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Pirate Chic? Maureen O’Hara Shows Us How

Why do I like the 1952 pirate film Against All Flags? It’s very simple. It’s the scarf. That scarf had me at hello.

And the boots.

In fact, if I have to be a pirate, if I was forced into it, if someone pointed a gun at me and told me I had to be a pirate, I would want her wardrobe. I’d even take the hat with the purple feathers and the pistol. I’d probably take it if I wasn’t a pirate.

Anthony Quinn is mildly surprised

Another reason to like the film is that it stars Maureen O’Hara and Errol Flynn. She is a pirate named Spitfire and he is a British Officer pretending to be a deserter so that he can infiltrate the pirate island stronghold and scupper their cannons so the British navy can clean the pirates out.

This is a  latter-day swashbuckler for Flynn, though a somewhat more harassed Flynn than the derring-do Flynn of the 1930s. He still derring-does, but frequently wears an expression of….well, harassment. He’s trying to do this job, but has run into Spitfire and rather inconveniently fallen in love, which ignites distinct hostility and jealousy from Anthony Quinn’s pirate captain. Not to mention the slightly loopy Indian princess he rescues from a fate worse than death, who keeps flinging herself on his neck, which ignites the jealousy of Spitfire. It’s difficult to get a job done with people either trying to kiss you or kill you.

Spitfire, on the other hand, is the only woman of any influence on the island and inherited her pirate ships from her father. She was raised to be an excellent markswoman, the better to defend her honor. She will even fight her own duels if necessary. She’s also not bad at fencing, though we are, alas, deprived of the pleasure of seeing her fight against Flynn. He gets to fight Quinn while she takes on some nondescript pirates. Phooey!

Though having lived as a pirate her whole life, she doesn’t have any particular loyalty to them. She is a woman who has learned of necessity how to get along in an aggressively male world and by the time she meets Flynn has decided that she is tired of constantly warding off the unwanted attention of other pirates. It’s exhausting to be in a perpetual state of fending off rapacious men. She wants to try out a different life, one with maybe more room for wearing dresses and letting her hair down, so to speak.

She does actually wear some dresses in the film, but it’s her pirate costumes that catch one’s eye.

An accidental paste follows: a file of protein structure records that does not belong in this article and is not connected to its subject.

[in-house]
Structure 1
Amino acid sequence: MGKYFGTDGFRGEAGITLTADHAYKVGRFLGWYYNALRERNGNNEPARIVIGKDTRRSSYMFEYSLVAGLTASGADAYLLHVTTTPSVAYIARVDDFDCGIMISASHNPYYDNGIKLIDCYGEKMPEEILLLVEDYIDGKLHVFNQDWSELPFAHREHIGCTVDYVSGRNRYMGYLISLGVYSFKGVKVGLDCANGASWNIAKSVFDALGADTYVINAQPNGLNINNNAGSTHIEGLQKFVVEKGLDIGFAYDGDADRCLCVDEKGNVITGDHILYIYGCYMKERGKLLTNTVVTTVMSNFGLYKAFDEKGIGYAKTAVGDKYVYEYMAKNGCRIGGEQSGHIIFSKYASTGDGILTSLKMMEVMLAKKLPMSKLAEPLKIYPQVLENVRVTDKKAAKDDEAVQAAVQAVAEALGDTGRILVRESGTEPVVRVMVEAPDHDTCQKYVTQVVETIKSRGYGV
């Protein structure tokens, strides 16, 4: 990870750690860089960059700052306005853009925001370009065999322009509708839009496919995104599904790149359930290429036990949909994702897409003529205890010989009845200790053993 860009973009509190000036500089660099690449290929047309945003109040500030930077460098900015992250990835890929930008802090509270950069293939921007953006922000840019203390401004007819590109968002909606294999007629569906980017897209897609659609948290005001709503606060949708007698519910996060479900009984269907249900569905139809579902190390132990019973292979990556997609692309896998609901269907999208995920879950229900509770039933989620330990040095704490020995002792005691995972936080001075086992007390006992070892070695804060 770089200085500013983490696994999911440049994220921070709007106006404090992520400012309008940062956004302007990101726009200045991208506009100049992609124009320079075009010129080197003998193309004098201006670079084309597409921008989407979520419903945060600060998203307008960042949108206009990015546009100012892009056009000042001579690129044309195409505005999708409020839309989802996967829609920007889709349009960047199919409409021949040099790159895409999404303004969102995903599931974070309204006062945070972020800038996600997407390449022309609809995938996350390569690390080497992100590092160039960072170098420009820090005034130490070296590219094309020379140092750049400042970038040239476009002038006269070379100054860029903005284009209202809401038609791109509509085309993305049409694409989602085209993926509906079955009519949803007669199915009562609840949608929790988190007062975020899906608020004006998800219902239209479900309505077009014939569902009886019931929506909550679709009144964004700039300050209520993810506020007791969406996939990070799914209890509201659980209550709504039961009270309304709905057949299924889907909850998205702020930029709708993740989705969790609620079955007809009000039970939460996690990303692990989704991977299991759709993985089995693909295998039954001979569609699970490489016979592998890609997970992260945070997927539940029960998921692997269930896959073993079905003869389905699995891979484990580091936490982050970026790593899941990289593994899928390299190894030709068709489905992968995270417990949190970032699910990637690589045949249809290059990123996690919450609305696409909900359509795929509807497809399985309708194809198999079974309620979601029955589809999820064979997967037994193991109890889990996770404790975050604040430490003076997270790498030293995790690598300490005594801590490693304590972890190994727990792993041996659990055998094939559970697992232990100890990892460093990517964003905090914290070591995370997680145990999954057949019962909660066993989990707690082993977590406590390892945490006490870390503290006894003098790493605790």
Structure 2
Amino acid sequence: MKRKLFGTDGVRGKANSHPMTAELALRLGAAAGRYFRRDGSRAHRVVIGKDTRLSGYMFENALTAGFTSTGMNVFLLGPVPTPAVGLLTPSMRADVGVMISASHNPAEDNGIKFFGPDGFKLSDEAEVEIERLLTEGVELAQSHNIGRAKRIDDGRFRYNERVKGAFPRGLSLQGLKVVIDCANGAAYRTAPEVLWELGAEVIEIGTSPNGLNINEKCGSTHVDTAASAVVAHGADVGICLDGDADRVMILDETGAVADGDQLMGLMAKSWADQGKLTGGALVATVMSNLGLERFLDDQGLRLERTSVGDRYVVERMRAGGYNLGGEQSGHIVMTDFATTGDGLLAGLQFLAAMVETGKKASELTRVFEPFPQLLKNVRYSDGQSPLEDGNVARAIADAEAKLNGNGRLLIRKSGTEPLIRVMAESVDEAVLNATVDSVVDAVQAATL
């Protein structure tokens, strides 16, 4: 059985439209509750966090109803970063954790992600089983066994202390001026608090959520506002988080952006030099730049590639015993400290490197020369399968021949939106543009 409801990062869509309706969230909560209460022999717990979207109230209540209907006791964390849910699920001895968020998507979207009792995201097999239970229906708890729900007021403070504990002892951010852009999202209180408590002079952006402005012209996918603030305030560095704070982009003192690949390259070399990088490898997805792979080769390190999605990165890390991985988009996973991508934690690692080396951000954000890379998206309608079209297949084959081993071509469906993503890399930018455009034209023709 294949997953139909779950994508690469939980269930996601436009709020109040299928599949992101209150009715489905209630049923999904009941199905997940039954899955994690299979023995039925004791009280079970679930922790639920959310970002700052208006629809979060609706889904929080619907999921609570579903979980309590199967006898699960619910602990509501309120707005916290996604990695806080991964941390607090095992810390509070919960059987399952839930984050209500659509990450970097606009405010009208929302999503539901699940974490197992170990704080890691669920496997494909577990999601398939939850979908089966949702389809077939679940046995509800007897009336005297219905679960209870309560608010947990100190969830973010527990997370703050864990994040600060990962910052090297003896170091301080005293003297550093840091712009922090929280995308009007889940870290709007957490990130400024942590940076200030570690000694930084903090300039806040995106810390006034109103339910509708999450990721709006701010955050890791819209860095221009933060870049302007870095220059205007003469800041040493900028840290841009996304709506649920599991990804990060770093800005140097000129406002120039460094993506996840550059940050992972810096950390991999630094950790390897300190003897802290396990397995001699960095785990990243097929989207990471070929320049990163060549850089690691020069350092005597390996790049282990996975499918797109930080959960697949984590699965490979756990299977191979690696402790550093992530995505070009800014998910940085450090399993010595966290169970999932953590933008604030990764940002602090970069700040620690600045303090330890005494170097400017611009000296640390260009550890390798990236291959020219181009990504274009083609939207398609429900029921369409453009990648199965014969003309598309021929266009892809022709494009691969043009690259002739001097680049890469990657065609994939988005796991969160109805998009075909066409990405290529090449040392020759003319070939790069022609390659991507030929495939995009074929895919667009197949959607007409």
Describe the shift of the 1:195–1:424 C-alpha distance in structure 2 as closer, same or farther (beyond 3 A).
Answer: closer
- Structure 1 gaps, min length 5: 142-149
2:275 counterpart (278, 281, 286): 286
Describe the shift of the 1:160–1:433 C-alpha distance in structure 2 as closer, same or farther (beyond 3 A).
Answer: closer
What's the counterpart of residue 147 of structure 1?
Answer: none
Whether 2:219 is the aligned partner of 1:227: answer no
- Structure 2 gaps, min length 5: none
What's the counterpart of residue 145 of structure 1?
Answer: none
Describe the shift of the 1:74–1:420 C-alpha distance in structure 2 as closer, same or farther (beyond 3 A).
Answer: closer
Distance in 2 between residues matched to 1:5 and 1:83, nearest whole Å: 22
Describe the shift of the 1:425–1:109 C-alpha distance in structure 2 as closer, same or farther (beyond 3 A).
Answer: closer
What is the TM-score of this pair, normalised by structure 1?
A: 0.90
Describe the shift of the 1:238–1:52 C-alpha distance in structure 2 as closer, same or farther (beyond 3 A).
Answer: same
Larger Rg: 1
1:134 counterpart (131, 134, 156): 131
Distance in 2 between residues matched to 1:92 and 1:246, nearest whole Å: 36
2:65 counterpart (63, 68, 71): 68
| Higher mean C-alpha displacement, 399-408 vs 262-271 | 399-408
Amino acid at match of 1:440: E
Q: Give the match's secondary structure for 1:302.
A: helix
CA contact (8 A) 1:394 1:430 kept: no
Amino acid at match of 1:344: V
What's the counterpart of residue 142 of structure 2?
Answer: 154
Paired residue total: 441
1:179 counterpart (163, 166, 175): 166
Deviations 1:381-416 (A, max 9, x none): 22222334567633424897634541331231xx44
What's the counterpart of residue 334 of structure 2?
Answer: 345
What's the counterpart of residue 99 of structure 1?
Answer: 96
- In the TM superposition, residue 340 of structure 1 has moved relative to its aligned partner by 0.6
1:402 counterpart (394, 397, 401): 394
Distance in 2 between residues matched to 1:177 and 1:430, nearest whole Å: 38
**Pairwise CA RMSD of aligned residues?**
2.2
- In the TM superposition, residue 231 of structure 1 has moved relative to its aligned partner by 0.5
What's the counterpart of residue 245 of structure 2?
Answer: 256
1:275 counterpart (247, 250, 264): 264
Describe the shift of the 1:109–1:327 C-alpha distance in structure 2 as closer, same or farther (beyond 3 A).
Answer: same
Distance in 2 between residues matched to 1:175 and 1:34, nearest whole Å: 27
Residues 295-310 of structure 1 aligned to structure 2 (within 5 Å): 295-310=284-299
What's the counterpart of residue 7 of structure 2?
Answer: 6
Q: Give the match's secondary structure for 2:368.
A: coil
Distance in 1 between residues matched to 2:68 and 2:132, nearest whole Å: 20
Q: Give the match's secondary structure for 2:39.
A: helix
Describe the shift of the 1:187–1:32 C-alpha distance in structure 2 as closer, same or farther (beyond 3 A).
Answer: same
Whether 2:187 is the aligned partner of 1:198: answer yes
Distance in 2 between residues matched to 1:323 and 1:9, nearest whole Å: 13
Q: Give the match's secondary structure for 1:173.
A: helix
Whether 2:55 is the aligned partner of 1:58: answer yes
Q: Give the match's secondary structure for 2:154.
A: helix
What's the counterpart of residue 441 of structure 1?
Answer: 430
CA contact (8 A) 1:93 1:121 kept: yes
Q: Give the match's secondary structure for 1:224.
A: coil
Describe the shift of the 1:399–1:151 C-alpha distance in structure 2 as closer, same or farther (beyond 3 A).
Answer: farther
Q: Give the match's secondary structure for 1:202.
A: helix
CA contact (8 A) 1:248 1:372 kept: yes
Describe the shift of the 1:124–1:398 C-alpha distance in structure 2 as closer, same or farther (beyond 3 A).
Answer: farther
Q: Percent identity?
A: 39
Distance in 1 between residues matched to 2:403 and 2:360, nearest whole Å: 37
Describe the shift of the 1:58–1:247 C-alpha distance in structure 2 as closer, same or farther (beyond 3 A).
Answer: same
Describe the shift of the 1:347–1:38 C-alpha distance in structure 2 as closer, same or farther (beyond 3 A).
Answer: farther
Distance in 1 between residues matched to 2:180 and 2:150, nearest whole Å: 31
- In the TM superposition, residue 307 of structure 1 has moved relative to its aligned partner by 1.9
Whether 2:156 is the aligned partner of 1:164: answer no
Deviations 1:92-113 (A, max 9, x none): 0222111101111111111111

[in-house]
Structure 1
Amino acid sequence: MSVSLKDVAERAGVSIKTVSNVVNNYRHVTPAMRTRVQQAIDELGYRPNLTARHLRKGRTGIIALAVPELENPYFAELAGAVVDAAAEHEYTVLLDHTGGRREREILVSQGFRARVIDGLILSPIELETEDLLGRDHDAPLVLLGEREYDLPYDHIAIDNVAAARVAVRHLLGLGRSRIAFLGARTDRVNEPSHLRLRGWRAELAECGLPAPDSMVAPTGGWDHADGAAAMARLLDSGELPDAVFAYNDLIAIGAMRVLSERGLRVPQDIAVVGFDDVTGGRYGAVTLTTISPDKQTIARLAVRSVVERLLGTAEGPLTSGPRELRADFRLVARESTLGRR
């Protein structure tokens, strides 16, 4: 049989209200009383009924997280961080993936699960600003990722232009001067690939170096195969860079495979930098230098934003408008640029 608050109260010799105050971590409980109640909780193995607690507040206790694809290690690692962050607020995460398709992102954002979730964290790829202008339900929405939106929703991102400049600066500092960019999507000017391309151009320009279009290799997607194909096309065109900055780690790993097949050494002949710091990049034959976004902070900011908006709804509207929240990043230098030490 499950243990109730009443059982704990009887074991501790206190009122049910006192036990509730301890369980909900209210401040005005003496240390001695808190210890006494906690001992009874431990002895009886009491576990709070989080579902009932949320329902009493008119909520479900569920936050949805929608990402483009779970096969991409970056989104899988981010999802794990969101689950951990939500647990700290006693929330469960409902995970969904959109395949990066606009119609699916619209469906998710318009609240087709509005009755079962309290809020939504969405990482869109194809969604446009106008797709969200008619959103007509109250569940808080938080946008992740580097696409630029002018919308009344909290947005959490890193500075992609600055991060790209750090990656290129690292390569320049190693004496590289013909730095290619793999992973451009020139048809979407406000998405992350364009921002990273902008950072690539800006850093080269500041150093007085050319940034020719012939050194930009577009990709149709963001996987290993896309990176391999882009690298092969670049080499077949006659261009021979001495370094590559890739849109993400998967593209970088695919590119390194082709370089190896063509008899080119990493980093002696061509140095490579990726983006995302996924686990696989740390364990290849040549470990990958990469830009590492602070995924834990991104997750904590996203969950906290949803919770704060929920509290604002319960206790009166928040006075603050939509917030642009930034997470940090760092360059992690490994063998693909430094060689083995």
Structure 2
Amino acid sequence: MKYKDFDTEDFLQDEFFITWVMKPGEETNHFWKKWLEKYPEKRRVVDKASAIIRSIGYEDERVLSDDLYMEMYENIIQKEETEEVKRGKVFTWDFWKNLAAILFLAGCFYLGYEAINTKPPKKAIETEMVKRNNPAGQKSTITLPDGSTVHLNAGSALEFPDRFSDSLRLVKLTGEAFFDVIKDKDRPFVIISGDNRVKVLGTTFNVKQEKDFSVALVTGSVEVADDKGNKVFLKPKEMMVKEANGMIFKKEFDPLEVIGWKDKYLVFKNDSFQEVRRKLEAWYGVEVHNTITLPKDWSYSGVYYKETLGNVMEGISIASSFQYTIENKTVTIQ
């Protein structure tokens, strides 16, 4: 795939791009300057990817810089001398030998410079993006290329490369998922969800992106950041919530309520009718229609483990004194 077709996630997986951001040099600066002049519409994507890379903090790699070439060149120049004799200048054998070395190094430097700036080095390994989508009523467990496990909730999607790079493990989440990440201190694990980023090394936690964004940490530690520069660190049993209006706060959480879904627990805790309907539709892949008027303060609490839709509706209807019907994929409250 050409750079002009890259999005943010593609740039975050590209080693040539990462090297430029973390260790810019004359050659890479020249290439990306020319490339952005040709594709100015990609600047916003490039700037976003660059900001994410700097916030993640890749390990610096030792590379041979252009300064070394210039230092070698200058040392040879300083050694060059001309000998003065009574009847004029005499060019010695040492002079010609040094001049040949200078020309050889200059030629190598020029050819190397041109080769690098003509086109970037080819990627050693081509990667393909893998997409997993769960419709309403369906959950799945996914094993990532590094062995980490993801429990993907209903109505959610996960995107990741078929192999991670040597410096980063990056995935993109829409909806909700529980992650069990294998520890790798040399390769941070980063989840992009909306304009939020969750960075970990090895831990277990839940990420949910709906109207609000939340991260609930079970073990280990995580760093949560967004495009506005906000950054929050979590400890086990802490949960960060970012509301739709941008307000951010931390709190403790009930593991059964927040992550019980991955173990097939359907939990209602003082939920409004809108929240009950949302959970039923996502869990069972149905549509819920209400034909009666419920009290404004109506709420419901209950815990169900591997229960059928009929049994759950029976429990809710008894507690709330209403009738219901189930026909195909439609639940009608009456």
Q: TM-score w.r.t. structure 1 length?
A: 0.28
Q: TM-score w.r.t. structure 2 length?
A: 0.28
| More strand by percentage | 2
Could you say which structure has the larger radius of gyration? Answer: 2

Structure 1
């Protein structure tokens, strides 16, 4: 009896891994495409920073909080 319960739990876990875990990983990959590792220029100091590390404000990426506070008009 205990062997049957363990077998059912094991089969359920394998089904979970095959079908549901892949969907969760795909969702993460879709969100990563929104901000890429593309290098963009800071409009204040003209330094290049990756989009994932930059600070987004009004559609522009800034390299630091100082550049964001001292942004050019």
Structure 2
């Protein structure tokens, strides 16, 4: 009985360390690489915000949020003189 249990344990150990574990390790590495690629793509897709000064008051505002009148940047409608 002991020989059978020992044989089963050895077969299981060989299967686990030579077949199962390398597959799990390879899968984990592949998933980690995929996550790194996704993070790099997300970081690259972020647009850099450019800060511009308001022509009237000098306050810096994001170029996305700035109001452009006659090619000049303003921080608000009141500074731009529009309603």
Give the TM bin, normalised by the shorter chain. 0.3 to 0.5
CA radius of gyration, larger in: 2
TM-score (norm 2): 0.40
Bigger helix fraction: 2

The pirate ships look more like sets and Flynn seems to have a double for his fight scenes, but the film is lighthearted and O’Hara in particular seems to be having fun striding about the scenes and fencing…and wearing those awesome boots. I’d make that movie for the sake of wearing those boots. And the scarf. And the hat with the purple feathers. And nearly everything else about her attire. If you have to be a pirate, you might as well be a stylish one.

This is my contribution to the “Swashathon,” hosted by Movies Silently. Make sure to read all the other piratical postings, here!

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Posted by on July 14, 2017 in Movies

 

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Characters in Costume Blogfest: A Masterlist

x-men-3Critca Retro Laughter, guilt and taboo: A brief history of dressing in drag at the movies

In The Good Old Days of Classic HollywodHush…Hush, Sweet Charlotte (1964), and Whater Happened to Baby Jane (1962) Costumes 

Prince of Hollywood – Cinema’s First Swashbuckling Hero

Little Bits of Classics –  The Costume of the Little Tramp – A Moment of Inspiration or a Huge Theft?

Literature and Lamp Posts – Grendal from Beowulf

The Wonderful World of Cinema – Irene Sharaff’s Costumes for The King and I 

The Flapper Dame – Grace Kelly and Edith Head

Into the Writerlea – Describing Memorable Characters: Elizabeth Bennett

Into the Writer Lea – Describing Memorable Characters: Anna Karenina

Into the Writer Lea – Describing a Memorable Character: Miss Havisham 

FictionFan’s Book Reviews – A Few Good Men 

Old Hollywood Films – The Costume of the Wicked Witch of the West

Silent-Ology – John Barrymore’s Amazing Transformation in “Dr. Jekyll and Mr. Hyde”

Christina Wehner – Dorothy Lamour and the History of the Sarong Around the World

Love Letters to Old Hollywood – The Fashion of Fred and Ginger’s Characters

Cinematic Scribblings – Cabiria, Inside and Out: Nights of Cabiria (1957)

The Costume Vault – Disney’s Cinderella(s) and the evolution of the “princess” aesthetics